Sharks are going to have a more difficult time hunting for food according to new research

Due to global warming, our planet's water temperatures and acidity levels are rising. Researchers originally predicted that sharks would prefer hunting in these waters. They burn more calories and metabolize less efficiently meaning they are hungrier and are under more pressure to find food.

However, according to new research, sharks will have a more difficult time hunting for food in warmer and more acidic waters. Scientists from the University of Adelaide put Port Jackson sharks into large tanks and increased the temperature and acidity levels. This is to simulate future water conditions these sharks will live in. They then put dead prey into sand trays and timed how long it took them to sniff out and find the food.

Results showed that the sharks took four times as long to find the food. This suggests that even though the sharks are hungrier in warmer waters, the higher acidity levels affect the shark’s sense of smell. They will find it more difficult to find food in the wild. This will leave them feeling hungrier but actually eating less food.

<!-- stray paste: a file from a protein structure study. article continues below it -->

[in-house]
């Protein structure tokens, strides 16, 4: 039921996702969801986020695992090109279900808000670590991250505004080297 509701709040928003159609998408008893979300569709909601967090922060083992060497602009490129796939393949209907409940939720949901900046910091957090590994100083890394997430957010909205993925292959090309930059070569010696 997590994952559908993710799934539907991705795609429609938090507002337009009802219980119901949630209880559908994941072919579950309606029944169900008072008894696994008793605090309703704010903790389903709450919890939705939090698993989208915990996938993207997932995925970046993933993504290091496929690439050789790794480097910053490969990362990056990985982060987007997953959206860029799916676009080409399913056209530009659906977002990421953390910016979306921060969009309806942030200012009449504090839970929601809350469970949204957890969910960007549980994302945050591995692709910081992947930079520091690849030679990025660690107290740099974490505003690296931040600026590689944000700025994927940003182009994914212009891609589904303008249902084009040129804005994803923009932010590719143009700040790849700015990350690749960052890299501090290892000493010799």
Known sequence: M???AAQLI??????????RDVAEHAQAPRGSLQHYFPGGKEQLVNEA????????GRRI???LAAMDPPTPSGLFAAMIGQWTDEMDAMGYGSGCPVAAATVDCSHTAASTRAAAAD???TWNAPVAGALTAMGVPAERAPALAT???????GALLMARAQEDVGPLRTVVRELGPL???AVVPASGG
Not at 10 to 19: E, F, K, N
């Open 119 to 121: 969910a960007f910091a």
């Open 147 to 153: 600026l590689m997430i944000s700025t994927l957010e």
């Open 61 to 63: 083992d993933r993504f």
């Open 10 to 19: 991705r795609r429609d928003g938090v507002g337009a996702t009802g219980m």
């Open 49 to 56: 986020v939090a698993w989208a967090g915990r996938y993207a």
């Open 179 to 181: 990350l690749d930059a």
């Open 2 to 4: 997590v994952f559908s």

Sharks rely heavily on their sense of smell to find prey, however due to climate change and the rising pH levels, sharks will find it more difficult to smell their prey. They will struggle to find food and will be hungrier in the warmer and more acidic waters. Hopefully, they will evolve and adapt to the changing climate so you can still see them in the wild and not just in the aquarium!

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